Envisioning Essex Street

Essex Street has been Salem’s main street since its foundation.  The architectural diversity of the streetscape in its residential sections is amazing, and in its heyday (before the building of the Northshore Shopping Center in 1958) its commercial blocks drew people from all over the region.  I think there must have been several Essex Streets for some time, but this partition was formalized with the creation of the Essex Street Pedestrian Mall in the 1970s–barring cars from the city center.   The attitude of Salem’s residents towards the mall strikes me as rather intense; people either love it (or love the concept of  it but think it needs updating) or hate it, and that’s why I’m looking forward to tonight’s  “Essex Street Pedestrian Mall Visioning and Conceptual Design Meeting“.  This is the first of four scheduled public forums on the street’s rehabilitation and potential redesign sponsored by the City of Salem, the  Salem Partnership, and the Peabody Essex Museum. For some historical perspective on this envisioning process, here are some images of central Essex street, past and present.

First up are two stereoviews produced by George K. Proctor of Salem of Essex Street  from Washington Street or Town House Square and one of the East India Marine Hall further down the street.  These were published in the 1870s and 1880s and can be easily accessed at the New York Public Library’s Digital Gallery.

The most popular perspective, from Washington Street across from the Daniel Low building, looking east along Essex Street from the 1880 Visitors’ Guide to Salem.

WIRES AND TRACKS:  a very connected Essex Street below, again viewed from Washington Street/Town House Square, in a photograph issued by the Detroit Publishing Company in the first decade of the twentieth century(Library of Congress Digital Collections).

BUSTLING BUSINESSES:  A series of postcards, all dating from the early and mid-twentieth century.  Salem had at least three movie theaters along several blocks of central Essex Street, all gone now, but fortunately we have the Cinema Salem on Church Street.  What I notice most about these postcards are big stores (Woolworth’s), signs (Chop Suey!), awnings, and crowds.

Two views of Essex Street in the present, from the perspective of the silly Samantha-from-Bewitched statue in Town House Square.  Note that the pedestrian mall is not closed to all cars.

8 responses to “Envisioning Essex Street

  • Brad

    I’m loving the citations to all of the images, Donna. Another fun thing to do would be to include a list of businesses on Essex Street, available in the city directories of the late 1890s. I’ve got some cool maps of Salem in the 1700s and 1800s, if you want to see/post them.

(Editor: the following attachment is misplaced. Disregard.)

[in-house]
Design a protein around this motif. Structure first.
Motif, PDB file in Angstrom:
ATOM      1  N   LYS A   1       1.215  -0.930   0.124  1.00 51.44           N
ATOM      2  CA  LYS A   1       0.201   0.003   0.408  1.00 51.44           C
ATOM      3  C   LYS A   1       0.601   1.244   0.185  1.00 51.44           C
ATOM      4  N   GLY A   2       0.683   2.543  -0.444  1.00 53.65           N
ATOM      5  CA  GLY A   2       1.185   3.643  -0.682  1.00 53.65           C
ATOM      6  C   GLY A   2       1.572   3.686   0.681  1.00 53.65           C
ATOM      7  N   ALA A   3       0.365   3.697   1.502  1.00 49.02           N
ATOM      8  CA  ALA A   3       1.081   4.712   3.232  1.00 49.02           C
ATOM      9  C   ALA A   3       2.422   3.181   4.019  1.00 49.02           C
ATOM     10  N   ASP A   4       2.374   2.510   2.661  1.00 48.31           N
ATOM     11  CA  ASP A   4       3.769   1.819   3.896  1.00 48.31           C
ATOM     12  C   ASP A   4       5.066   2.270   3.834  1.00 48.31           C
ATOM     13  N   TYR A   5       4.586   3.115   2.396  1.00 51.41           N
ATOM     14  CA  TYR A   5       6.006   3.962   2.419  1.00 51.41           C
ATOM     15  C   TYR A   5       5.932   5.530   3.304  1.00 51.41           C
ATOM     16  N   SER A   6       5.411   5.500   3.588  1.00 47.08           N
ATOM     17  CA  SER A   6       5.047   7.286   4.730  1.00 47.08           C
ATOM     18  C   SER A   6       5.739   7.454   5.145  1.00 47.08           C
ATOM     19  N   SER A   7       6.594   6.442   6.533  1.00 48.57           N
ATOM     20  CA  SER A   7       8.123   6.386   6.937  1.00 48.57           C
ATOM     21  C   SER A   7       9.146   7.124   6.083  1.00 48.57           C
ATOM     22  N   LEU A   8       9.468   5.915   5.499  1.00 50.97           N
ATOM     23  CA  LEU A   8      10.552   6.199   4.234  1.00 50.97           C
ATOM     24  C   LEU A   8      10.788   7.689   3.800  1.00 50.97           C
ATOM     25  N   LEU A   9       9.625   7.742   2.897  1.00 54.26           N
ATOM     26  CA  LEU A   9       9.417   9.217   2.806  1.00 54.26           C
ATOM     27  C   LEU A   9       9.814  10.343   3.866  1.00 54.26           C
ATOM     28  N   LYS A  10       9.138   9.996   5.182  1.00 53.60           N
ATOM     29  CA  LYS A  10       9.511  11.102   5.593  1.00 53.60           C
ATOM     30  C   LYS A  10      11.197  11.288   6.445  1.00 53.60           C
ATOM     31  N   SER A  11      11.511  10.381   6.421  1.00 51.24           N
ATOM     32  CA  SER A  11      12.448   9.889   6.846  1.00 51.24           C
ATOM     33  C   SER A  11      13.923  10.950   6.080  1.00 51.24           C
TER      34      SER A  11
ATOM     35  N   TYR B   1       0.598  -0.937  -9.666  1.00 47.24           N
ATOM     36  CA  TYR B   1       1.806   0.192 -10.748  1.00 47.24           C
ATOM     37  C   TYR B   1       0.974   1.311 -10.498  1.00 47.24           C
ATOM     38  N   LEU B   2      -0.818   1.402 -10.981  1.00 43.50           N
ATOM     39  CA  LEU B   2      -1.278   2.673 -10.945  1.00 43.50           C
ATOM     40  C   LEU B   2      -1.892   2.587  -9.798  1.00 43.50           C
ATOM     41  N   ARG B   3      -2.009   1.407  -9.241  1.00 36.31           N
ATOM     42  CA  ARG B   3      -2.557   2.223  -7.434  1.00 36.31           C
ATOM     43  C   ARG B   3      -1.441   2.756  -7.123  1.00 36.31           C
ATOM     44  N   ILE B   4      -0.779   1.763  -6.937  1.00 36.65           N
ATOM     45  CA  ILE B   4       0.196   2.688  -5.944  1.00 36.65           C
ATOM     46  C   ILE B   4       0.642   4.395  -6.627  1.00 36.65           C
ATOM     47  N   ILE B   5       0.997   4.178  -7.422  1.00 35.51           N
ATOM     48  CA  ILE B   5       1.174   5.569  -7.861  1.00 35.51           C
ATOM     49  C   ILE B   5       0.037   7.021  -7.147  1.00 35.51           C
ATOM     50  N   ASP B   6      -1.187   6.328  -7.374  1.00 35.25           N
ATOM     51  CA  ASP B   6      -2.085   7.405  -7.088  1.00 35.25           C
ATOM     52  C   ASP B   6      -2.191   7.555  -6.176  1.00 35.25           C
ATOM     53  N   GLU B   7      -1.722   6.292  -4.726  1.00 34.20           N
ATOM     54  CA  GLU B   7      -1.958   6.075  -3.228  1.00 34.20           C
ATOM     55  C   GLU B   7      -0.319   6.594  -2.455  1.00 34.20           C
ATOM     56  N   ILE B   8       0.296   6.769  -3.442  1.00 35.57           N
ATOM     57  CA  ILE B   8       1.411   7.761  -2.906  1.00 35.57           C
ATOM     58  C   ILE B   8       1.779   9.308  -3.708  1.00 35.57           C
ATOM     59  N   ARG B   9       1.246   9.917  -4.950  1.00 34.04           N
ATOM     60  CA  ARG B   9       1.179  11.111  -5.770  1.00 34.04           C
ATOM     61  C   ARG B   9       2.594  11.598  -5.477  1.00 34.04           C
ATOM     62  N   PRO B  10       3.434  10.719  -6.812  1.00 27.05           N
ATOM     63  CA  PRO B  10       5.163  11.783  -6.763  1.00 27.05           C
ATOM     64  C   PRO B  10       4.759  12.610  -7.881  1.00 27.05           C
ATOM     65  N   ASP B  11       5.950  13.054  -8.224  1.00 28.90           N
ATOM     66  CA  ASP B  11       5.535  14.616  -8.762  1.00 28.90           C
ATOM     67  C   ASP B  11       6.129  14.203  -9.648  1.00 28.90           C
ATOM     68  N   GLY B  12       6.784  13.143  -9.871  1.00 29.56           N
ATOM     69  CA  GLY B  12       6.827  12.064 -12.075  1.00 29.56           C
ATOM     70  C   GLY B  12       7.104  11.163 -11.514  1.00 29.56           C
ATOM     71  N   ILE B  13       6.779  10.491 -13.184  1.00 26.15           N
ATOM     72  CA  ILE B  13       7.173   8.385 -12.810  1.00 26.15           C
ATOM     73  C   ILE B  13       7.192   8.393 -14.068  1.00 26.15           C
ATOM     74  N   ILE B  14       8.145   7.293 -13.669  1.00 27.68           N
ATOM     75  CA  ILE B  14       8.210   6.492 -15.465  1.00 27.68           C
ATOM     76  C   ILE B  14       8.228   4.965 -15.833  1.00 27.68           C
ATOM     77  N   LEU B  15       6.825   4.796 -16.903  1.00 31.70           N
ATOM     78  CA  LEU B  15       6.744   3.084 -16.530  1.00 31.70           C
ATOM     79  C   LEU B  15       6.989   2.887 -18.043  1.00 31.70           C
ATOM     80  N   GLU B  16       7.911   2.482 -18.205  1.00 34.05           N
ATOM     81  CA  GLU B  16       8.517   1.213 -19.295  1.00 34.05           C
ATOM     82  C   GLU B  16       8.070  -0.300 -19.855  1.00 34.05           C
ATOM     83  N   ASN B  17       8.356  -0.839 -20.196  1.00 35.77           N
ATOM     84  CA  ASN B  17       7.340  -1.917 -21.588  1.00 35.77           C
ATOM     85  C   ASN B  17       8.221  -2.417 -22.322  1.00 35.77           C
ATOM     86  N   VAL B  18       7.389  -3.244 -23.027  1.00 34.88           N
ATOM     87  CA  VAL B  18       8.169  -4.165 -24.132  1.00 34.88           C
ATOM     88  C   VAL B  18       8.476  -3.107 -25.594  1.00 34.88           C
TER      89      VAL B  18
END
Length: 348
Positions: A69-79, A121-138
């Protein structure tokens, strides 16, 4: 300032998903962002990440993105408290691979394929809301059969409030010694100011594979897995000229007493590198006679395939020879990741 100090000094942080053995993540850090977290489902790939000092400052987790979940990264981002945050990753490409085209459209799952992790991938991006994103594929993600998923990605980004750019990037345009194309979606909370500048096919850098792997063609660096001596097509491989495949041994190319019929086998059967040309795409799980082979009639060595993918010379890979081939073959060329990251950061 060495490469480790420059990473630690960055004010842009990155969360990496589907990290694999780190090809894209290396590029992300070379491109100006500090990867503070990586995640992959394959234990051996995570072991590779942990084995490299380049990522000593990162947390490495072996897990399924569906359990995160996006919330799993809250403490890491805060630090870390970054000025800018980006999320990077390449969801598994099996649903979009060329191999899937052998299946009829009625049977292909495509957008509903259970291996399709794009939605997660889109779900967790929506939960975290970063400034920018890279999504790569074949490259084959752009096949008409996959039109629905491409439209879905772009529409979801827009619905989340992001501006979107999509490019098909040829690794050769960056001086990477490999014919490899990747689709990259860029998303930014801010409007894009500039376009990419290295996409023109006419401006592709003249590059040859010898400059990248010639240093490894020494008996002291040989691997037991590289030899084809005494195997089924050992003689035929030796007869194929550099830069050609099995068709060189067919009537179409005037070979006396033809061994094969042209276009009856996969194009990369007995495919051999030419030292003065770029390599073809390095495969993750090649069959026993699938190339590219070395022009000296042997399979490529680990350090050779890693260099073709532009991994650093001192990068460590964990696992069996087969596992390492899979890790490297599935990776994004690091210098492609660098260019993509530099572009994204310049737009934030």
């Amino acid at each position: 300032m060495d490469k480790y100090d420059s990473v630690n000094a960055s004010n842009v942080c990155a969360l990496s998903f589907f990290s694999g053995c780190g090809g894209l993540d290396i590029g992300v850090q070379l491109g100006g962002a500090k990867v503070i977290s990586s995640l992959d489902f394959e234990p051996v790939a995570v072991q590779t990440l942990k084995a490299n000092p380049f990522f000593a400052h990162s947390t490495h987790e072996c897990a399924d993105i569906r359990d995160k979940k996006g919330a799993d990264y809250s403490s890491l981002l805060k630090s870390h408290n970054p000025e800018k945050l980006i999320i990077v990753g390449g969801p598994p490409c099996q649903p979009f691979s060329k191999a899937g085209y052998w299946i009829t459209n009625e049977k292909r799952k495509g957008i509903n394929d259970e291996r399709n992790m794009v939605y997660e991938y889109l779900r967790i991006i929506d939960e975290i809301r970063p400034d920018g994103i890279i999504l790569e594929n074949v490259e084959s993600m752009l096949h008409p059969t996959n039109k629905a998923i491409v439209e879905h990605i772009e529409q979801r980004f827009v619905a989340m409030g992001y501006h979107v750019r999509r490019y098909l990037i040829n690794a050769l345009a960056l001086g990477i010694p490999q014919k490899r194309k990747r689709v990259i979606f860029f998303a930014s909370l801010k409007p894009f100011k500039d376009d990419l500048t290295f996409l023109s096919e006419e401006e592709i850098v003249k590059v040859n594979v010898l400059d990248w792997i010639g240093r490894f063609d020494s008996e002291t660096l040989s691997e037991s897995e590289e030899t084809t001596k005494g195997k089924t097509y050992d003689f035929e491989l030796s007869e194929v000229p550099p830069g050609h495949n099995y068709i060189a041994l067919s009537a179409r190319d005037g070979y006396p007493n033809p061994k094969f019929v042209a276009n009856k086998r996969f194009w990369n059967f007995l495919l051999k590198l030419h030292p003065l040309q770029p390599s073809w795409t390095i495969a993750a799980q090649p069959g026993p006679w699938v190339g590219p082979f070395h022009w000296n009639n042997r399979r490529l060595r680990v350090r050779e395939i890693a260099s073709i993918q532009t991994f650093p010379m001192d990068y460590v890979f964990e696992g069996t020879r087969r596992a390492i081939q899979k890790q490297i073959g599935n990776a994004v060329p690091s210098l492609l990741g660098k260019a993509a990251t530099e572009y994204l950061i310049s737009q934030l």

Keep up the good work.

    • daseger

      Thanks, Brad. Definitely going to do a maps post at some time, but first I want to do trade cards, keeping with my interest in ephemera. There are so many—and they definitely give you a good impression of just how busy Salem was.

  • Steve

    I love comparing old images with new photos. I see that the mansard-ish caps have been taken off the large brick building with the Gothic windows. It would be nice to see those be restored. Very fun post.


  • Anton

    Hi Donna, Ithaca NY where we moved from is going through a similar love/hate relationship with their 1970’s pedestrian mall on their main downtown street. They hired Sasaki Associates to aid in public hearings, which led to the city deciding to keep the mall pedestrian and redesigning it more like the one in Charlottesville Va. with an open center for movable restaurant seating. And my favorite pedestrian mall is Munich which works very well. Anyway, your website looks great.

    • daseger

      Thanks for your helpful comments, Anton. At the meeting last night several people brought up more workable pedestrian malls in Europe but no one brought up Charlottesville—got to check that out. It seemed to me we spent most of the time talking about COBBLESTONES, for and against.

  • downeastdilettante

    I’m so glad that you dropped by my blog today, or I might never have found your elegant and terrific blog about one of the most intriguing cities in New England. I keep saying I’m adding no more blogs, but you’ve made a liar of me, and on my list you go (and I’ll probably spend a couple of these blizzard enforced at home hours exploring. Cheers

  • downeastdilettante

    Back. I also meant to add that since I remember Salem as far back as the sixties, I particularly dislike the way they pedestrianised the area. It has the odd effect of deadening and disconnecting the area, which is funny, as so many actually work. Just sadly, not Salem’s.

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